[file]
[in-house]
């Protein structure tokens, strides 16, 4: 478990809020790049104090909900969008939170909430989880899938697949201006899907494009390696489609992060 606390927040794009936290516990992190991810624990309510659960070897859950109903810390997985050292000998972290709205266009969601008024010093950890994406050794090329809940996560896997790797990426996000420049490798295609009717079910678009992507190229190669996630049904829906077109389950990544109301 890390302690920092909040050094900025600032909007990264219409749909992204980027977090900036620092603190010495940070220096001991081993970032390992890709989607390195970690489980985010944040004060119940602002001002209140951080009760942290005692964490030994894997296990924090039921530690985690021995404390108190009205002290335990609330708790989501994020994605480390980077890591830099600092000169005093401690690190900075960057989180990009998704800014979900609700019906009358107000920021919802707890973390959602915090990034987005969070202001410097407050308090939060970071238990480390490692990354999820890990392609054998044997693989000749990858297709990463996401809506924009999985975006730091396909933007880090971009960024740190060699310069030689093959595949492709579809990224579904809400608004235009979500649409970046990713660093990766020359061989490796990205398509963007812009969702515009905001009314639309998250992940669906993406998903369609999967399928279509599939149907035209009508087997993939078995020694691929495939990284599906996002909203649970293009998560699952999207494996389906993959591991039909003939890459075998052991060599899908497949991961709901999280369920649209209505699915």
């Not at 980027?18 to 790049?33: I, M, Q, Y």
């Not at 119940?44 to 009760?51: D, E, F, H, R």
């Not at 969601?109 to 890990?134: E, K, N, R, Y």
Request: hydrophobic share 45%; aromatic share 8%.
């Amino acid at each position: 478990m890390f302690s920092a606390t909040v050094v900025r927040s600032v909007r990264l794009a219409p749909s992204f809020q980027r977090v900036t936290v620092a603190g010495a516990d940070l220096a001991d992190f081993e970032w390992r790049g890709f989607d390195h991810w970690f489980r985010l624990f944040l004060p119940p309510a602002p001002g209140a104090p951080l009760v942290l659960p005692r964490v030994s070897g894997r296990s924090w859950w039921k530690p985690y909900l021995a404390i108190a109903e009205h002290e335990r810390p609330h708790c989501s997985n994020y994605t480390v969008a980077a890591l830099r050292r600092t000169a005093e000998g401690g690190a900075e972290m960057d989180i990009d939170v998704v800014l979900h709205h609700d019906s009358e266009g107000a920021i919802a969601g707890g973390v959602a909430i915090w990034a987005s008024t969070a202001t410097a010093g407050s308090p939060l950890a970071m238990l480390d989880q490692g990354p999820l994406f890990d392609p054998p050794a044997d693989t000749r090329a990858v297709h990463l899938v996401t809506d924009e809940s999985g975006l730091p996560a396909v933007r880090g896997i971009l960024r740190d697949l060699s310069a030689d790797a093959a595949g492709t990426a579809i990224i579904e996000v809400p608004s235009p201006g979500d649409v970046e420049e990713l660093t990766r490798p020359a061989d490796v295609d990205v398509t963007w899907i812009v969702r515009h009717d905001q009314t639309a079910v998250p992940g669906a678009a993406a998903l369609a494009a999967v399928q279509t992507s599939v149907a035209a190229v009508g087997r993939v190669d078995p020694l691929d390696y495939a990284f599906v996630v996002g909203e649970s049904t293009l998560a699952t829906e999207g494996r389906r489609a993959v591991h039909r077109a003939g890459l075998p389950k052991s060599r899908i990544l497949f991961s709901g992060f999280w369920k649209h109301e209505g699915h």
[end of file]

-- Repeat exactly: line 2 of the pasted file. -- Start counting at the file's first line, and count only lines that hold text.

């Protein structure tokens, strides 16, 4: 478990809020790049104090909900969008939170909430989880899938697949201006899907494009390696489609992060 606390927040794009936290516990992190991810624990309510659960070897859950109903810390997985050292000998972290709205266009969601008024010093950890994406050794090329809940996560896997790797990426996000420049490798295609009717079910678009992507190229190669996630049904829906077109389950990544109301 890390302690920092909040050094900025600032909007990264219409749909992204980027977090900036620092603190010495940070220096001991081993970032390992890709989607390195970690489980985010944040004060119940602002001002209140951080009760942290005692964490030994894997296990924090039921530690985690021995404390108190009205002290335990609330708790989501994020994605480390980077890591830099600092000169005093401690690190900075960057989180990009998704800014979900609700019906009358107000920021919802707890973390959602915090990034987005969070202001410097407050308090939060970071238990480390490692990354999820890990392609054998044997693989000749990858297709990463996401809506924009999985975006730091396909933007880090971009960024740190060699310069030689093959595949492709579809990224579904809400608004235009979500649409970046990713660093990766020359061989490796990205398509963007812009969702515009905001009314639309998250992940669906993406998903369609999967399928279509599939149907035209009508087997993939078995020694691929495939990284599906996002909203649970293009998560699952999207494996389906993959591991039909003939890459075998052991060599899908497949991961709901999280369920649209209505699915």